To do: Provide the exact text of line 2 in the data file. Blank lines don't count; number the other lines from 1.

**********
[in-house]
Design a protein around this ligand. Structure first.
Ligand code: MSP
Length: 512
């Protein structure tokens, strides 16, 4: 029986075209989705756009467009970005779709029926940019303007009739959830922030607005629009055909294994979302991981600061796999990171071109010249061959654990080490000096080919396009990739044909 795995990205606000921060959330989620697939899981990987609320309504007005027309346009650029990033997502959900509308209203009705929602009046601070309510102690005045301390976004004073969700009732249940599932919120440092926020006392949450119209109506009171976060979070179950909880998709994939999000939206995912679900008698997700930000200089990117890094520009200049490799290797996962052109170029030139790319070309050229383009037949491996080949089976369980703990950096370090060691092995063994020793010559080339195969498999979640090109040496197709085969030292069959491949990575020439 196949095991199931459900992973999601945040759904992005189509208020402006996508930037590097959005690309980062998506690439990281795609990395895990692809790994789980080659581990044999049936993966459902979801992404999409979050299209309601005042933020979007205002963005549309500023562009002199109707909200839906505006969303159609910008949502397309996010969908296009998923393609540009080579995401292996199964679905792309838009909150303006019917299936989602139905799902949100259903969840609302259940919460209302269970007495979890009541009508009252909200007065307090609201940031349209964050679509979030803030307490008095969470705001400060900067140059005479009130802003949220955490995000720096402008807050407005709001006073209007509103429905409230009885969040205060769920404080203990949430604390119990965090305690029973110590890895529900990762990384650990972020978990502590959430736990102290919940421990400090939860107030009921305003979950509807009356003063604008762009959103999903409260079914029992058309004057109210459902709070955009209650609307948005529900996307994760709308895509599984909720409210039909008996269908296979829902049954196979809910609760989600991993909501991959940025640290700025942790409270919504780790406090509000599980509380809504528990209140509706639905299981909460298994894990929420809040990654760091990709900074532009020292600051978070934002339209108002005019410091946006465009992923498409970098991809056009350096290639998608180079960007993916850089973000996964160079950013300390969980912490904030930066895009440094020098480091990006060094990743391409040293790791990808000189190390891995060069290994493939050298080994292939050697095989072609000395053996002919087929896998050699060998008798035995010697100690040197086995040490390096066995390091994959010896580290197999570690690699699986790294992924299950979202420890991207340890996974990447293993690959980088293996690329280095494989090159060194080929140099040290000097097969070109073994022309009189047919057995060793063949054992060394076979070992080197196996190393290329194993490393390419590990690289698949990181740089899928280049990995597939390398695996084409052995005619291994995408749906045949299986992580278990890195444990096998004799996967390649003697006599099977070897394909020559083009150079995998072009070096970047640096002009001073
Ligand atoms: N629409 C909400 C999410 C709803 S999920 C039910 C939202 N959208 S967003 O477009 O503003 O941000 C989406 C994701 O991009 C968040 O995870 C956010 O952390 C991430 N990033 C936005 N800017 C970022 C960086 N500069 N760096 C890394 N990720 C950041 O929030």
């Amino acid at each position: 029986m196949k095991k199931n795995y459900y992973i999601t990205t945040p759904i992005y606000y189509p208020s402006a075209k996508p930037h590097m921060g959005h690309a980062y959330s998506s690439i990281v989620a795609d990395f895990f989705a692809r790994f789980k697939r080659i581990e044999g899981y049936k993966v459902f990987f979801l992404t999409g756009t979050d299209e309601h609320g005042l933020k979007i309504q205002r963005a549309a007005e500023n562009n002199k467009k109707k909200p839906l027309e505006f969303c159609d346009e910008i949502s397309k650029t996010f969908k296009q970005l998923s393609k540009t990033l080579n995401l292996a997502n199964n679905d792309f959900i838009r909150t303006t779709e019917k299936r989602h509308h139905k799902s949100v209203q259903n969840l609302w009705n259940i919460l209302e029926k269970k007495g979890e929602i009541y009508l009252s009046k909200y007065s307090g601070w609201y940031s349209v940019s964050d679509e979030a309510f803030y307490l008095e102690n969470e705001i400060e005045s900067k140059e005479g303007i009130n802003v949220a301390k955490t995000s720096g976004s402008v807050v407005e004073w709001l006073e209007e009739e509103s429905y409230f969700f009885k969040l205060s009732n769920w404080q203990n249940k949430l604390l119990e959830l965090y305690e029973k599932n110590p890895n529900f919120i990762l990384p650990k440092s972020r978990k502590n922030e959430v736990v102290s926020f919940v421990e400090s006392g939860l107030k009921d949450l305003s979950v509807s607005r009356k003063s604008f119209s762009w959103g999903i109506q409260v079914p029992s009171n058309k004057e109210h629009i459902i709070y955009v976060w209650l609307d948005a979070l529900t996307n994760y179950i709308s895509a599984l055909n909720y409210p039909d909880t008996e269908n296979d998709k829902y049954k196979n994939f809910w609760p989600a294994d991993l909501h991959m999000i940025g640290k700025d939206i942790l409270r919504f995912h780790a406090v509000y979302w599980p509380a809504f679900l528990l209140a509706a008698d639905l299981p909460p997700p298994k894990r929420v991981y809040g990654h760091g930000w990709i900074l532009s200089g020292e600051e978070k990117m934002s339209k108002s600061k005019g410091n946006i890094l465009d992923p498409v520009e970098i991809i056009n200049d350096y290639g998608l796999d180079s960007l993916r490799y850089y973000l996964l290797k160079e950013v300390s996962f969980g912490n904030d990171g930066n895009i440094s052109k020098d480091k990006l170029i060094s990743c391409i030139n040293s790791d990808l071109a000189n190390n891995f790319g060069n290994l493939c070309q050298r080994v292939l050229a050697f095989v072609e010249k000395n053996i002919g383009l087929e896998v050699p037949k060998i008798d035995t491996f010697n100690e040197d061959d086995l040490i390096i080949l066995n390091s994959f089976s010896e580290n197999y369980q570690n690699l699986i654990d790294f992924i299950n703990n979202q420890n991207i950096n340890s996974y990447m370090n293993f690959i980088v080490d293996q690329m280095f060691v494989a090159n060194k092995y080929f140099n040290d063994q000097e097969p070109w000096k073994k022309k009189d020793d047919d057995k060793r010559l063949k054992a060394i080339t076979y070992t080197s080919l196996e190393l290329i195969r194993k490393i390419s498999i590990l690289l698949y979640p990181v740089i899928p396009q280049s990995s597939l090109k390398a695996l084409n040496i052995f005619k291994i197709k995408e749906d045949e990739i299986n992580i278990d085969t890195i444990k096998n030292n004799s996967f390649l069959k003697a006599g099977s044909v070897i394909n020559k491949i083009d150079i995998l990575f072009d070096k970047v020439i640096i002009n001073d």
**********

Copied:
Design a protein around this ligand. Structure first.